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Overdrive Extra

Jack Roberts

An old cabover in the country

| November 20, 2013

photo[1]A friend of mine – a fellow trucking journalist I’m sure some of you know – has been looking for an old cabover tractor to restore for some time now. Not long ago, he reminded us of his never-ending search on Facebook. And I made a note to myself to keep an eye out 

A couple of weeks ago, I took a day off and drove out of town to the state rifle range to sight my rifle in. On the way back from the range, I spotted an old cabover sitting in a small fleet’s yard. And thinking of my buddy, I decided to pull in and check the battered old truck out.

As luck would have it, the fleet owner was around and we got to talking about the old rig. It was a ’76 Peterbilt with an all-aluminum body. And all things considered, it was in pretty good shape. Climbing up into the cab was an instant nostalgia trip back to the “Me Decade,” with brown leather upholstery, faux wood grain trim, an overhead, side-ways mounted 8-track stereo and a doghouse in the middle big enough to bed a Great Dane down in.

The owner had recently gone through the running gear with his son: The Detroit engine, transmission and suspension had all been redone. The old Pete had been a Penske truck in its first life, he told me. Which meant it had been well taken care of. The restoration had been relatively easy and he assured me it ran, rode and drove great. And, by the way, there was another ’76 Pete toward the back of the lot that was for sale, too. It had run great last time he checked – about 15 years ago – and he was meaning to get to work on it soon one of these days.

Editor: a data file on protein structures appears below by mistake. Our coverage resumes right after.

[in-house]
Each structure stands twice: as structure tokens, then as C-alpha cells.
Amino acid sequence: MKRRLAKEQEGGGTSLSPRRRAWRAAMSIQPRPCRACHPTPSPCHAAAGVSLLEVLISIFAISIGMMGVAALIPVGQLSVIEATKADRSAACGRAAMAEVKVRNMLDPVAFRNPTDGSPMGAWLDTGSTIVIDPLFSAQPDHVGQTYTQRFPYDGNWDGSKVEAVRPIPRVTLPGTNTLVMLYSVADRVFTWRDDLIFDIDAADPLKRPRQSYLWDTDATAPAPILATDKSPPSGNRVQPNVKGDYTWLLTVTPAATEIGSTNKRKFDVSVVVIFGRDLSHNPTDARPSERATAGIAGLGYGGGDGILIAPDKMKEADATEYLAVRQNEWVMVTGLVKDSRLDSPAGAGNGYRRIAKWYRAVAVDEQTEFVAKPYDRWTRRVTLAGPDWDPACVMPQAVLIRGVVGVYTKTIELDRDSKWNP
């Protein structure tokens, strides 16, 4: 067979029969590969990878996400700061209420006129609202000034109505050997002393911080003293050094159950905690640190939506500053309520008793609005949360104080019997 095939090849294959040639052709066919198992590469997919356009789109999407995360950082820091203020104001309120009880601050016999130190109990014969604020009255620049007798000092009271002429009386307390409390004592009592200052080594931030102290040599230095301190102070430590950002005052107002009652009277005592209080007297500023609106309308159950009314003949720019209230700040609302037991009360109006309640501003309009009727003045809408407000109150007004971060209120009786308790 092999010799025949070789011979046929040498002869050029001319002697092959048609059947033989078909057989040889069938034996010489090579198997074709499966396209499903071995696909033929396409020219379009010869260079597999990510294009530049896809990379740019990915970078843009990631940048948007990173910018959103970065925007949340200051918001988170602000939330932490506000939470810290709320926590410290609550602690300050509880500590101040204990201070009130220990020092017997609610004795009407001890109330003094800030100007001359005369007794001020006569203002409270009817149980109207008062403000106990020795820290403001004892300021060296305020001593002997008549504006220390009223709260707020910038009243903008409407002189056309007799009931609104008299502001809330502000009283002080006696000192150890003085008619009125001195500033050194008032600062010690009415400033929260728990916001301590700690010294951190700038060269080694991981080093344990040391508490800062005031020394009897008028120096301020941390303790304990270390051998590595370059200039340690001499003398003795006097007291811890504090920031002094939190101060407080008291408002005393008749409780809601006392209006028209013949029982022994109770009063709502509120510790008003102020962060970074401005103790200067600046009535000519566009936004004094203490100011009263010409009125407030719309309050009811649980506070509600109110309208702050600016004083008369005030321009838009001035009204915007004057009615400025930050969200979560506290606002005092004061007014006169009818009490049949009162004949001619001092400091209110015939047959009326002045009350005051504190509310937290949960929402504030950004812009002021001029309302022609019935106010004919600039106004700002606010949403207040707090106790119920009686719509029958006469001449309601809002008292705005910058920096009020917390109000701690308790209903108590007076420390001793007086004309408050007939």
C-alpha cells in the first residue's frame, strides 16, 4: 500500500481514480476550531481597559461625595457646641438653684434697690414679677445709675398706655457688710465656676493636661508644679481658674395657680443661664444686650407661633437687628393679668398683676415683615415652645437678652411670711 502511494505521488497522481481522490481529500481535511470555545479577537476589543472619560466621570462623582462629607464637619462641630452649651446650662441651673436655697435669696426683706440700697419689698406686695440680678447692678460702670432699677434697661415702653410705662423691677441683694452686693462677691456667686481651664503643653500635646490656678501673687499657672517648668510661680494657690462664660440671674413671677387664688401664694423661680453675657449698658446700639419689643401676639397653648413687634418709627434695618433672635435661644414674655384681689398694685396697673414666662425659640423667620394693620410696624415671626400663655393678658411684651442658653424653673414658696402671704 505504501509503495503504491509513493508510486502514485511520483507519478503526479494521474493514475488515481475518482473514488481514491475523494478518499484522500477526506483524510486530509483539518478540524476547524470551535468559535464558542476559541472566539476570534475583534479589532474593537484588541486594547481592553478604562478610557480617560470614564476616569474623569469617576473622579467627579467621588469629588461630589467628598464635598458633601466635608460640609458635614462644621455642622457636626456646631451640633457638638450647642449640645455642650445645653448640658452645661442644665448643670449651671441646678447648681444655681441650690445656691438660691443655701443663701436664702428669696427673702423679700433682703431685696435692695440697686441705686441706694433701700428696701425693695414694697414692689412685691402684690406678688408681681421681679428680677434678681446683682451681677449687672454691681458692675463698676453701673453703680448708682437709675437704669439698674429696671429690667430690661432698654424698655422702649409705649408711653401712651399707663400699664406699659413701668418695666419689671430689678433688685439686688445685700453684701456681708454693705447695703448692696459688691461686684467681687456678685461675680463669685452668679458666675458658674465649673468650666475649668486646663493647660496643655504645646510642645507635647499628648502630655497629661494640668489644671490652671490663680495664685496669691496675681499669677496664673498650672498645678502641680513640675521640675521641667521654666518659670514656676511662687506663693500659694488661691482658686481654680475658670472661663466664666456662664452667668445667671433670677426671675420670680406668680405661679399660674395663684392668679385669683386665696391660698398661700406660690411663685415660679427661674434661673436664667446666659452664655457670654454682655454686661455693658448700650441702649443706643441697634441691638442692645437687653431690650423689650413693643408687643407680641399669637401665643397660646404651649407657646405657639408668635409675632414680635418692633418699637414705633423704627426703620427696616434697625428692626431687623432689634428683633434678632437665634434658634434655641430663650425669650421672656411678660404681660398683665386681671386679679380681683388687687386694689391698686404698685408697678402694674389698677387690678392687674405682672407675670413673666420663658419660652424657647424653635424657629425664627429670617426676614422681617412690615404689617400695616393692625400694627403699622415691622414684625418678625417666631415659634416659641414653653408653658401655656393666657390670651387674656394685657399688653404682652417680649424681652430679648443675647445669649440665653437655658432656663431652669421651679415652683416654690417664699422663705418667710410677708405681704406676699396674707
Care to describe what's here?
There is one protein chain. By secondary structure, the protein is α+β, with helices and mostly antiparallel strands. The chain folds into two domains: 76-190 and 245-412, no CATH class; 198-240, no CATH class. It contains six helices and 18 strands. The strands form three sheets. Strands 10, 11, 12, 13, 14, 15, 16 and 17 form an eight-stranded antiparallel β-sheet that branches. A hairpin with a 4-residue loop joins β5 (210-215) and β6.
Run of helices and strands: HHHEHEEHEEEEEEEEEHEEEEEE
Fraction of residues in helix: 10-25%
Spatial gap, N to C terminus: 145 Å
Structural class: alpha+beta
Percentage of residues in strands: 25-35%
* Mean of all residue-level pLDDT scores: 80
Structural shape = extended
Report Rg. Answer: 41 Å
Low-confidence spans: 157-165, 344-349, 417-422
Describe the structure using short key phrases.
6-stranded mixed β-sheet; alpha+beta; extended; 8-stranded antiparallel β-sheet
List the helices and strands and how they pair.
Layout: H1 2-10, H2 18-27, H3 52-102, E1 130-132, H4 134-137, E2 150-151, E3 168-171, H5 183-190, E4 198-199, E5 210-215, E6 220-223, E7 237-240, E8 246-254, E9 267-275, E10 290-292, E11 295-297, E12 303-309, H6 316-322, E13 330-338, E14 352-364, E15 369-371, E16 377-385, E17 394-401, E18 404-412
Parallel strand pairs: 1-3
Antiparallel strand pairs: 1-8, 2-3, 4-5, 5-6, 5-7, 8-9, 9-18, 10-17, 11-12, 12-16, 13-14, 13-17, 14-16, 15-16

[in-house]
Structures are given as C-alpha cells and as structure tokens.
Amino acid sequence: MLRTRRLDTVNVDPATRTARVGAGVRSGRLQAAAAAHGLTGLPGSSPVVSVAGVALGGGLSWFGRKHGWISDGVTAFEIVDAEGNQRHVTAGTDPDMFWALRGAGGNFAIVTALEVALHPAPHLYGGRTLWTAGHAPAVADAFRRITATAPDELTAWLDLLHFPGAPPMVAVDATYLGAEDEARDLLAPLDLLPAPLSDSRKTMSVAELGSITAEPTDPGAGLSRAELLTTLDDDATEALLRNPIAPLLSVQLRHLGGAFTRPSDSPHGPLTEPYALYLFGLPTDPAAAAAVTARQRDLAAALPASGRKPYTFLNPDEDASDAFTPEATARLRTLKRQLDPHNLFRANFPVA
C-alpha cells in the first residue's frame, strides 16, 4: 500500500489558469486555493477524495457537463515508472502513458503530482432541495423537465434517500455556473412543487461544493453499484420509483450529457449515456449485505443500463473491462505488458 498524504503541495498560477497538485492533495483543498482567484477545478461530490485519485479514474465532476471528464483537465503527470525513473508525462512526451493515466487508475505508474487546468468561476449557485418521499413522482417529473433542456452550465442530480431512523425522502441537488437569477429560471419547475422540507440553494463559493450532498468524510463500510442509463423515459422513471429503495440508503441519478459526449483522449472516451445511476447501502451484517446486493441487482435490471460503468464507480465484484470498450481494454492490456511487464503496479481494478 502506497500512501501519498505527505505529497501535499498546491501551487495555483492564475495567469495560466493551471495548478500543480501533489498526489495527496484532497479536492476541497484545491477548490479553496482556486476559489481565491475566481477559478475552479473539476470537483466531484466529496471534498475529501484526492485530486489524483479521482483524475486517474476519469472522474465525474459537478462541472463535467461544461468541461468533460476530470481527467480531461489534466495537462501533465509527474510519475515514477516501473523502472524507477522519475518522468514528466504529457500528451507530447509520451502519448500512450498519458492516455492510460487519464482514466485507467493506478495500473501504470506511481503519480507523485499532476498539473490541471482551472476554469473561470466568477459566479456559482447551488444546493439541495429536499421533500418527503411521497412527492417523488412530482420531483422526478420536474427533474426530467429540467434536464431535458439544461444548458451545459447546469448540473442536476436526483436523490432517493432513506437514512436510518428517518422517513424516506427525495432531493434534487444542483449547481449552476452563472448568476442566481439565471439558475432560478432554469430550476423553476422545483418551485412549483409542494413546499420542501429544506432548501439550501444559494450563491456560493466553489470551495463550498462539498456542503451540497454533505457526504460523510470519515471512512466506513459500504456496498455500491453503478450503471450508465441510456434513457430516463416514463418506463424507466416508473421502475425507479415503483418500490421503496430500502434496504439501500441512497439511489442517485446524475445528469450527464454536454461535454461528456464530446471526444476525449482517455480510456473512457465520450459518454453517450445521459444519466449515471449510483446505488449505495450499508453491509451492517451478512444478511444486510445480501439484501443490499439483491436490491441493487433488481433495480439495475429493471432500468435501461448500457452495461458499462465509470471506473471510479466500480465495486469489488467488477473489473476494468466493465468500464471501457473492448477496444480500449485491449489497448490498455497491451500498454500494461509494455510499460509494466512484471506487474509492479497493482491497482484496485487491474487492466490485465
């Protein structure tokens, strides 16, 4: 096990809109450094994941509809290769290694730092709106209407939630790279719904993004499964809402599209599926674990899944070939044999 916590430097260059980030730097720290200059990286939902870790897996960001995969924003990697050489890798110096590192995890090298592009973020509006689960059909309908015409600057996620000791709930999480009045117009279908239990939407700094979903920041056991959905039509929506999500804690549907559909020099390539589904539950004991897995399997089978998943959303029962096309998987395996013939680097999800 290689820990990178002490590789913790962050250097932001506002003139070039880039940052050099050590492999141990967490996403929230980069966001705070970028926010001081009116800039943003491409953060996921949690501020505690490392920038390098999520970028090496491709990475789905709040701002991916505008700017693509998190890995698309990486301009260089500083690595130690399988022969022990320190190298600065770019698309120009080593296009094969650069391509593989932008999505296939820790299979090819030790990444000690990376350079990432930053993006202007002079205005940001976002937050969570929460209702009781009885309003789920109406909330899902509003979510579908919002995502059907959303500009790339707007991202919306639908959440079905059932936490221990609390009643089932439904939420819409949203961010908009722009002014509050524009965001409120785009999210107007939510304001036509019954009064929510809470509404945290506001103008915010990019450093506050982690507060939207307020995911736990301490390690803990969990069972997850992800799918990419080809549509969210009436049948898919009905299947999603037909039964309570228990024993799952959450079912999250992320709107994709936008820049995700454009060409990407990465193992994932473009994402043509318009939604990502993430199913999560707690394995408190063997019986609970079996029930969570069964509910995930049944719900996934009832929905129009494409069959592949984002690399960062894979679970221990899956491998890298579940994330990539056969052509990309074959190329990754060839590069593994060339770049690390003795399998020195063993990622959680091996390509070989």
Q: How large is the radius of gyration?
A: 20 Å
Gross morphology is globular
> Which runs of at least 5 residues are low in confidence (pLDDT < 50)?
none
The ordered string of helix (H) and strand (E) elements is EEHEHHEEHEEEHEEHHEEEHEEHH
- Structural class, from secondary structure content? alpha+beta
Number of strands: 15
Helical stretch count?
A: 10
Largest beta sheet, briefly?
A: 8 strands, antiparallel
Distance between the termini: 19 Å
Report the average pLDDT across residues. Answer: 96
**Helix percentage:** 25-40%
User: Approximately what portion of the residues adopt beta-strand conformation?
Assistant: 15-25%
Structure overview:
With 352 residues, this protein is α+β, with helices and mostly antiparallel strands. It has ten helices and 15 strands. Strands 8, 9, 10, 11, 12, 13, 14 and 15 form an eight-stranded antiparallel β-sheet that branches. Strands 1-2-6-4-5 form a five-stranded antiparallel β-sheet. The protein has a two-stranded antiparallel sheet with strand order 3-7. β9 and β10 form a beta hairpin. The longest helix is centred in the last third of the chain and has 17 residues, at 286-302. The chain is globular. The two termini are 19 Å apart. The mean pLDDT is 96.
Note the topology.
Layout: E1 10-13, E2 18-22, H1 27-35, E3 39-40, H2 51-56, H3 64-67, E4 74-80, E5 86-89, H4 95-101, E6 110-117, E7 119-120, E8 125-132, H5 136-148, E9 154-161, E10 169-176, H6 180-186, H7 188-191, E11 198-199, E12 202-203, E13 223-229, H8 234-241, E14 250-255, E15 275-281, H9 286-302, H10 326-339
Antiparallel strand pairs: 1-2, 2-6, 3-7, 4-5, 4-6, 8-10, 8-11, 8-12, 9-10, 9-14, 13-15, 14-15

Trucks, we all know, lead tough, self-destructive lives. Usually, there’s not much left of one by the time it reaches the end of its useful days. So it’s really nice to see folks take the time and trouble to get these old rigs alive. Especially when you consider that the financial return on that time and labor is going to be minimal, at best.

  My buddy passed on that ’76 Pete, saying the $5K price tag was too rich for his blood. But who knows: maybe fate will smile on that old road warrior and it’ll find its way into right set of hands one day and get a full restoration or even a berth in a museum somewhere.

  • Tom T

    I liked cabovers particularly when I hauled freight into the cities. I drove many in my 45 years, Company I worked for used to lease them from one of the popular leasing companies and I was assigned a brand new Freightliner
    cabover. In the seventies I had a couple if Internationals
    and they were small inside. One of them had a screaming Detroit and I had to carry 2 jugs of oil with me. Out of all of them, the one I liked best was a leased Mack Ultra Liner.
    I felt like part of the truck and could do anything with that
    truck no matter how tight the spot to back into and it road
    like a Cadillac. Thanks for the memory.

  • John M. Baxter

    They were really lovable trucks, if you ask me. Sure, they were hard to climb up in, the sleeper was harder to access, and the shorter wheelbase made the ride a little choppier. But, there was an absolutely commanding view of the road and the feeling that you surely were king of it!


    If I had the $5k laying around, I would buy it. They are great trucks, a 2 cycle Detroit is easy and affordable to work on, and since the engines weigh less than a Cat or Cummins, you get a better ride due to less weight on the front axle.

  • John M. Baxter

    I was at Mack the day they introduced the Ultraliner, later dubbed the MH. It was a brilliantly designed truck–a composite of steel, aluminum, and fiberglass depending upon which part of the cab you were talking about. Quite a fantastic vehicle!


    I worked for my dad and he had a 79 cab over International 13 speed. I loved that truck until it got older and I had to raise the cab to get at things or to fix it. I hated that.= about it Weren’t they called corn binders?

  • Tim Campbell

    Hey where is truck at now and is it for sale? I interested in buying it! strives to maintain an open forum for reader opinions. Click here to read our comment policy.